When vinyl comes into discussion, you might think ‘vintage’, ‘old school’, possibly ‘outdated’.
They’re all accurate but that’s only because vinyl DJing is the source of the art.
Modern DJs today don’t really have to learn to mix tracks from vinyl records.
But, there’s something romantic about developing a dedication to the art by trying to go back to the grassroots and actually experiencing it.
Here I give you the five reasons why I think every aspiring DJ should learn to use vinyl records whether or not they intend to use it during gigs.
You Learn to HEAR The Music
There’s a reason why DJ’s of yesterday strived to improve technology and equipment.
Vinyl records are unforgiving.
More accurately the turntables for such records are antiquated and therefore can be inaccurate or unstable.
Of course, it’s a challenge anyone will find exciting at first.
However, it gets less welcome when you’re trying to impress a large (and hopefully paying) audience.
So how do you achieve a perfect vinyl mix?
You need to learn to listen to music all the time and make sure everything is fine.
Your ears are always accurate so you have to develop the skill if you want to be a good DJ way back.
Going by this theory, if you think your mix doesn’t sound right, it probably doesn’t sound right.
You have to trust that instinct even if you’re mostly using electronic equipment.
Despite the advertised accuracy and efficiency of audio processing software, they are not an overall solution.
Sometimes sync buttons can fail and matching BPMs doesn’t always mean the mix sounds great.
Some tracks don’t also go well with each other and you have to learn to pick out those that really match.
So literally the most important skill you need as a DJ – hearing – can only be learned by using vinyl records.
You Learn the Basic DJing Foundations:
Touch, Scratch and Back Cue
I didn’t know I wanted to be a DJ when I first started to mix music.
Instead, I had a breakthrough moment that made me realize that DJing was for me.
That was when I learned to back cue.
Rotating the record backward's showed me where the bass, snare, hi-hat, percussion and kick drum were in the track.
Then I learned to scratch – also a unique experience.
Knowing I can manipulate the music just by turning the record back and forth is an empowering feeling.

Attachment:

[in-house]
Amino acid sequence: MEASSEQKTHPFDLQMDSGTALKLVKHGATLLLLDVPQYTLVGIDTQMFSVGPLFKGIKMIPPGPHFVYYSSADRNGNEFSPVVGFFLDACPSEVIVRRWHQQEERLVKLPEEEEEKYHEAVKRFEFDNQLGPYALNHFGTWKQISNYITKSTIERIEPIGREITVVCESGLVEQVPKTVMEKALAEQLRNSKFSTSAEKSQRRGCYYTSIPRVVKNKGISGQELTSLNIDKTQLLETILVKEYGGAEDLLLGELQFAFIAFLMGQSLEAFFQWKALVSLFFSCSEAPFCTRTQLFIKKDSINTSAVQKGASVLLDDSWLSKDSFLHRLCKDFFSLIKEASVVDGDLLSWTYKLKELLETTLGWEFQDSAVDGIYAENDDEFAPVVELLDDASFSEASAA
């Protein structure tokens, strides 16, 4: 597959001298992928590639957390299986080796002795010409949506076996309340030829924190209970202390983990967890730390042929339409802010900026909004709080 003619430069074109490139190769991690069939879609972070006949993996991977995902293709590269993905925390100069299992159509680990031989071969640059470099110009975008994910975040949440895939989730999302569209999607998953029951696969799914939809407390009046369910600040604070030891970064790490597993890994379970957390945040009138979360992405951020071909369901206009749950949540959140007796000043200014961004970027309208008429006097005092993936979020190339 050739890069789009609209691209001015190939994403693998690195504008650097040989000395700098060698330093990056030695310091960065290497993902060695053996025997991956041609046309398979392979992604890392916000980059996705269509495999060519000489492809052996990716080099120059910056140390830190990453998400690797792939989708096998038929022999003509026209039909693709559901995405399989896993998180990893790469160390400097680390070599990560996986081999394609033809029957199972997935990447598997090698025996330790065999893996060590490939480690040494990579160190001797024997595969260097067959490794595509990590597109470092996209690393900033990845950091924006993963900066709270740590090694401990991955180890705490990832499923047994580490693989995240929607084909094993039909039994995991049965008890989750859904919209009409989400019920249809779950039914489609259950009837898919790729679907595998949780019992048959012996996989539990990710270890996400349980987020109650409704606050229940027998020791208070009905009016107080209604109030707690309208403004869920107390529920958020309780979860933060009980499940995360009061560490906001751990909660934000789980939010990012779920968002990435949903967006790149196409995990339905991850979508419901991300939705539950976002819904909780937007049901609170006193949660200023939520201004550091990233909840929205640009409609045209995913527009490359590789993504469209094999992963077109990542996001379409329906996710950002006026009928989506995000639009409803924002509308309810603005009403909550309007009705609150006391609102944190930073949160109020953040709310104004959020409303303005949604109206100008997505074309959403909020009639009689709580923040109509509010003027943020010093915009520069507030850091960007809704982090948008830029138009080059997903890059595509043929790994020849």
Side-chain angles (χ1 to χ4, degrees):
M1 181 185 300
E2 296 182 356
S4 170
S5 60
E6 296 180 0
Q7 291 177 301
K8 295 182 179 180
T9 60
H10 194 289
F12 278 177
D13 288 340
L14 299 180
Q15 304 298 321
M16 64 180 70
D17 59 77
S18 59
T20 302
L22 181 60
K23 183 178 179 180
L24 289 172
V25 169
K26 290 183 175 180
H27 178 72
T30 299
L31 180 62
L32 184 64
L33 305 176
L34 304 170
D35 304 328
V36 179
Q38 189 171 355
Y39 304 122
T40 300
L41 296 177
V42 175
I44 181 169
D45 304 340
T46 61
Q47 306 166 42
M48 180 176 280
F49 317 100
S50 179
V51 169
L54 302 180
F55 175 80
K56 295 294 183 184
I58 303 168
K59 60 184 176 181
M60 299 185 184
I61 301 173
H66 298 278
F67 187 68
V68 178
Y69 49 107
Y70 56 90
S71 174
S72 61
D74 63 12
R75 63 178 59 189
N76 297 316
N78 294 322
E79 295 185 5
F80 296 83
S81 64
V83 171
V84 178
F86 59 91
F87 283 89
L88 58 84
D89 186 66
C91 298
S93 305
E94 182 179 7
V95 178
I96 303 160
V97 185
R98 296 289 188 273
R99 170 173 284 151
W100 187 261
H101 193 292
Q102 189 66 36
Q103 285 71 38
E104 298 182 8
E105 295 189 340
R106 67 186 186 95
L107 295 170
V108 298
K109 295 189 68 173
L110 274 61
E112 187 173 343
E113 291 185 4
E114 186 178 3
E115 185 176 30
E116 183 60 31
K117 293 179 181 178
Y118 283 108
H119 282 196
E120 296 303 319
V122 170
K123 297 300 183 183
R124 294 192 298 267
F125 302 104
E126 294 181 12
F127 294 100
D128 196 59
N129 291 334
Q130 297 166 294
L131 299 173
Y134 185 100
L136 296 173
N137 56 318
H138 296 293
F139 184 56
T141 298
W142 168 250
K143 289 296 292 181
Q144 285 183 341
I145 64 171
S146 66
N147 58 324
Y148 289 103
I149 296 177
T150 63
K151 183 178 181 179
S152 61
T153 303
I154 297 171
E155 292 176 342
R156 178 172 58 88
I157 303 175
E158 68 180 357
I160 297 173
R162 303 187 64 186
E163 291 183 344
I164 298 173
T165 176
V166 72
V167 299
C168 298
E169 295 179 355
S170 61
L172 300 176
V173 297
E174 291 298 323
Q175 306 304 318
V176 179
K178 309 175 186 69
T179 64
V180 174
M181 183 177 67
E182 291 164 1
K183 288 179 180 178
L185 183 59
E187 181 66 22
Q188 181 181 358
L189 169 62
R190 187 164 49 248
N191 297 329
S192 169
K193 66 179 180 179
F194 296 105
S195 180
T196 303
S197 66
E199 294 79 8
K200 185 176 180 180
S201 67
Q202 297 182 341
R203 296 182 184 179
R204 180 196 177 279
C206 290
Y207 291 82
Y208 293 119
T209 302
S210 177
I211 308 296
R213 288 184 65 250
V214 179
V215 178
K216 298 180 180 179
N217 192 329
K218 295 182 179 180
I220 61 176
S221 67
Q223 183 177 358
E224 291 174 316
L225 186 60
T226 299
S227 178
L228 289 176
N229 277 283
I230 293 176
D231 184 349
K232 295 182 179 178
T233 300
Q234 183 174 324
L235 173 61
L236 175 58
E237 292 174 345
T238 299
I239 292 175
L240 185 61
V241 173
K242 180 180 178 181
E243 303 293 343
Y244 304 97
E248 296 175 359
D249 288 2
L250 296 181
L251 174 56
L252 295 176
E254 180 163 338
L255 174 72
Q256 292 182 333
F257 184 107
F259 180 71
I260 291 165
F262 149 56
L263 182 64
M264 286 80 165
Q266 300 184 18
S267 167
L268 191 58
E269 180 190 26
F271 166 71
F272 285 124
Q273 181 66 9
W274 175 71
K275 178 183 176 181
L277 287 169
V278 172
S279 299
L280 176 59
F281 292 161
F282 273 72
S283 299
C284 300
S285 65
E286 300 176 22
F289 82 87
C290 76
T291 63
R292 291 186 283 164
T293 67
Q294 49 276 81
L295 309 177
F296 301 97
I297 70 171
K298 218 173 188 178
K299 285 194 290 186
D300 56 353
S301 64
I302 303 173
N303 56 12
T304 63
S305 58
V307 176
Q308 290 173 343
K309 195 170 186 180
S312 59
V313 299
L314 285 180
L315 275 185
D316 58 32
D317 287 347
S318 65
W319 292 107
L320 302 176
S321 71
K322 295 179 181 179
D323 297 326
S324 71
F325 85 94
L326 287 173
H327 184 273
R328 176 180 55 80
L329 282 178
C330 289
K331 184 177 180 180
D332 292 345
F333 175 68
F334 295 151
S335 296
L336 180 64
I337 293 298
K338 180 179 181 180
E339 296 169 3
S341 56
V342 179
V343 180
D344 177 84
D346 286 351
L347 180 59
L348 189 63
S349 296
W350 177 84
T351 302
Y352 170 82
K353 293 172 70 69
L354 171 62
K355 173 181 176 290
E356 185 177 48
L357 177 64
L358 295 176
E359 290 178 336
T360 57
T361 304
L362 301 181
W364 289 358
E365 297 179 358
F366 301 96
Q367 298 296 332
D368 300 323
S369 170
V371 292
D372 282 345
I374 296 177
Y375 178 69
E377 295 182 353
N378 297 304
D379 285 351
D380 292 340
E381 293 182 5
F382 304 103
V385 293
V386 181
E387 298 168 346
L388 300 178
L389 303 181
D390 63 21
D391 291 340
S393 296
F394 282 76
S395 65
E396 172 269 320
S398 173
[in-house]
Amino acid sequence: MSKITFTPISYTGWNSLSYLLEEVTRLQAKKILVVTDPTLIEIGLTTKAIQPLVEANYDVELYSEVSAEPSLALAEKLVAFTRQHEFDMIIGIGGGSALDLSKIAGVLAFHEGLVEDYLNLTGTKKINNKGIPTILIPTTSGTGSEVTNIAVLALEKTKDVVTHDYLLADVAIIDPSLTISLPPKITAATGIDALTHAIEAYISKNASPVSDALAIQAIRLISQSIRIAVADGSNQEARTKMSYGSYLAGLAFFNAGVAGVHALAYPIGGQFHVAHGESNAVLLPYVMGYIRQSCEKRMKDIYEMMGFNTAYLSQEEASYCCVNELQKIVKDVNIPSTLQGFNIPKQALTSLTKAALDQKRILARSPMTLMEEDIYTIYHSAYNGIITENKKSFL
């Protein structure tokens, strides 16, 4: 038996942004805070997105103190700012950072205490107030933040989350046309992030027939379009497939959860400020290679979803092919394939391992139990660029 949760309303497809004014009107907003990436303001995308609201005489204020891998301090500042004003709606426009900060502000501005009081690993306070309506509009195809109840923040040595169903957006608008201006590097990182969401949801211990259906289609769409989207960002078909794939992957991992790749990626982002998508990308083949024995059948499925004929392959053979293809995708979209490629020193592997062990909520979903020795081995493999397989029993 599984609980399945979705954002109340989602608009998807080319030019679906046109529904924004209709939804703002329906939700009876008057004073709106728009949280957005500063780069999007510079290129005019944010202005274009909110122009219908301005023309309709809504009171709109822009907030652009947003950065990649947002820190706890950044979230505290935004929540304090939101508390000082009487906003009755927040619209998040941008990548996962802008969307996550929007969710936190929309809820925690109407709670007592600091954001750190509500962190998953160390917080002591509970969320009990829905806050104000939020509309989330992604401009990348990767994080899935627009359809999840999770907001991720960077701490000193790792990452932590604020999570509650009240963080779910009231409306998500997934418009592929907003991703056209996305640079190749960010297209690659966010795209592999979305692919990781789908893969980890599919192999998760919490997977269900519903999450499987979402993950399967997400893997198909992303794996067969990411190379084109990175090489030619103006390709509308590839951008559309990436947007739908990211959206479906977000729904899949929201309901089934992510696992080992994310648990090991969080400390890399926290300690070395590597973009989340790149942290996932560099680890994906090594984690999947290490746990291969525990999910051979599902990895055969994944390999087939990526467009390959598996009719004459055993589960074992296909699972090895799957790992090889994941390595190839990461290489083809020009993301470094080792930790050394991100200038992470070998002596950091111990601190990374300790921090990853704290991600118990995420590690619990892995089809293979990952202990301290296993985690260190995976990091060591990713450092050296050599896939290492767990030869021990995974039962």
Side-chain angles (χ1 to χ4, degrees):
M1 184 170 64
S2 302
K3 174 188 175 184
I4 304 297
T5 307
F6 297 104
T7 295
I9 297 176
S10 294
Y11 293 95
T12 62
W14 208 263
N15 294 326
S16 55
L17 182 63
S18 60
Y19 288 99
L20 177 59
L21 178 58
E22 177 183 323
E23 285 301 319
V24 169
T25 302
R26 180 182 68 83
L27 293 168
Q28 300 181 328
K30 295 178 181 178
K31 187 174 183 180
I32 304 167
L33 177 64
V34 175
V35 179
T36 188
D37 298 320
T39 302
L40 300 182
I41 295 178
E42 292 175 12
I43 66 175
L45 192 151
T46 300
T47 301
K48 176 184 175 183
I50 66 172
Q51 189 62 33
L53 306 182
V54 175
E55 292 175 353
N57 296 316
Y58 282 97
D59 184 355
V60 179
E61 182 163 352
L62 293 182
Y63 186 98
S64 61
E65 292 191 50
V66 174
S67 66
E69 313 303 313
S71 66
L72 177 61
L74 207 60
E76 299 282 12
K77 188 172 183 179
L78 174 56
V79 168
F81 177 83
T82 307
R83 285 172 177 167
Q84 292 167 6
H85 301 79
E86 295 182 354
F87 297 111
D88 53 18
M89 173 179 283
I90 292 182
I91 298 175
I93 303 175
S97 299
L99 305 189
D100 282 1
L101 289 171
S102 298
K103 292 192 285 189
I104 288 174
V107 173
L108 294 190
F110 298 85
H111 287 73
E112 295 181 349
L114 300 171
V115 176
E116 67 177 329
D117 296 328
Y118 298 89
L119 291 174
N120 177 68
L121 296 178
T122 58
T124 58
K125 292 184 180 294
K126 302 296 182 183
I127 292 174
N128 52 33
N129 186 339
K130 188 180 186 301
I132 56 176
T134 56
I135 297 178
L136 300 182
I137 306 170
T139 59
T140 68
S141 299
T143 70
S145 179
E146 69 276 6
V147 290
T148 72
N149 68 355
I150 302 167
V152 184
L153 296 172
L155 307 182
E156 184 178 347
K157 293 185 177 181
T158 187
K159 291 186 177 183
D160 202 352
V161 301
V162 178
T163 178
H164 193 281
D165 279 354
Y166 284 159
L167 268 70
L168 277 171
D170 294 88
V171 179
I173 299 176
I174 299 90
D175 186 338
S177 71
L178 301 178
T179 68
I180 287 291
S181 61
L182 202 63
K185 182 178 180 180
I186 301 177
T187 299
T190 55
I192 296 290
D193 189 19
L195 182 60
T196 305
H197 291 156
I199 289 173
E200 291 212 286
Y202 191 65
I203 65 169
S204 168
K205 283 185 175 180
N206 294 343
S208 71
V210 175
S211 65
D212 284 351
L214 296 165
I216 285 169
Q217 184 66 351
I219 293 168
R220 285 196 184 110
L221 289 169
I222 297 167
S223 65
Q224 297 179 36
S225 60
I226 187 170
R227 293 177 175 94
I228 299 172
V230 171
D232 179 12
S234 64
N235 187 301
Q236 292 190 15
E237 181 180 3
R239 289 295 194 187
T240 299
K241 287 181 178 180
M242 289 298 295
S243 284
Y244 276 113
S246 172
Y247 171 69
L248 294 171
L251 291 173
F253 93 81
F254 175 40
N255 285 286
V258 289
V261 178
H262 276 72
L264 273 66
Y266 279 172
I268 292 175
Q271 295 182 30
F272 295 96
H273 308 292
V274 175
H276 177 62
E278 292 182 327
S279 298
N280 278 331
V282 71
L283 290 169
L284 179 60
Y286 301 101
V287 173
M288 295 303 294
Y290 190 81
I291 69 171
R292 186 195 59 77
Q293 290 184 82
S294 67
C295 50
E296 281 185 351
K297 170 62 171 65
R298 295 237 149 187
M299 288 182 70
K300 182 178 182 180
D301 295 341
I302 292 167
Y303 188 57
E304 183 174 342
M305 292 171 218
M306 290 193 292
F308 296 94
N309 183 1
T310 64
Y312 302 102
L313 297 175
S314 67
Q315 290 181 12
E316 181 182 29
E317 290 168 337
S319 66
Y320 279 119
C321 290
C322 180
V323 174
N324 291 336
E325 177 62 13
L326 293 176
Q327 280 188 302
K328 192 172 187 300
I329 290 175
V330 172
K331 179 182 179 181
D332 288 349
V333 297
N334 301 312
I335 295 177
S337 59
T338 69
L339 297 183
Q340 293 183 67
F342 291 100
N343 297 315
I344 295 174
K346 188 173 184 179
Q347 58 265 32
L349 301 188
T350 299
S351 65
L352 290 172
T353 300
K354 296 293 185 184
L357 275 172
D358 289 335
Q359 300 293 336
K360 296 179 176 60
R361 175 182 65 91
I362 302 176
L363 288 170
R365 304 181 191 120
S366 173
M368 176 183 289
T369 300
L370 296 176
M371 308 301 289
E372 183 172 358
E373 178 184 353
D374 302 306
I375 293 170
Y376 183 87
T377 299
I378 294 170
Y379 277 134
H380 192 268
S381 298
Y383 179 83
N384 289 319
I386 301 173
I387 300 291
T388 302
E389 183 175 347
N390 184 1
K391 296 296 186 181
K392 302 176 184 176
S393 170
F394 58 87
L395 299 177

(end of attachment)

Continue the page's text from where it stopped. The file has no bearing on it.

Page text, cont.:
If you want to get technical, I mean mixing and transition techniques when I say control.
The feeling of touching a vinyl record and being able to create mixes out of it is a very different feeling from doing mixes using only software.
You can say it is like an intimate experience that every DJ should have with the source of the art.
You Become Selective
Nowadays, it’s so easy to download music that most newbies make the mistake of using anything they come across for sets.
Coupled with automated software, you can easily sync up tracks and make mixes among any combination of songs.
Vinyl records long ago are limited and fairly expensive in their time.
Your record box is also another limitation.
Thus, you develop a certain taste in tracks you think will satisfy the crowd.
Being selective is an advantage because you create a unique selection.
Since every person has a distinct taste, you automatically create music combinations that are distinct as well.
Another advantage of being selective is you become more critical about your sets.
You spend more time personalizing so you unconsciously familiarize yourself with all your track selections.
Know About Sound Quality
This is not going to be a comparison between analog and digital music.
Playing vinyl records give off analog sounds that have a very distinct quality to them.
The distinctness can even go so far as every record is different even if they are the same album.
To give you an idea, a record that was not pressed well usually sounds lighter and thinner than it should be.
This is also a similar characteristic among compressed digital music as opposed to uncompressed.
Studying analog sound allows you to study the foundations of music and let you distinguish good from bad ones instinctively.
It Shows Your Commitment
Yep, I am going to discuss this.
Learning to DJ with vinyl is like going back to the basics first when all modern technology is still not present.
Apart from the typical mindset that it’s not really necessary, you are also required to spend hundreds of hours to learn the skill.
Additionally, turntables are also expensive and literally heavy.
Lugging around this stuff can take a toll on you physically.
It’s true that vinyl DJing might seem like a blast from the past for aspiring artists.
To be honest, learning to DJ with vinyl is more of an enthusiasts want, plus a little bit of that cool factor (at least for me).
But, think of the advantages.
Trust me here.
Learning vinyl DJing will give you very useful skills that will make you a better artist.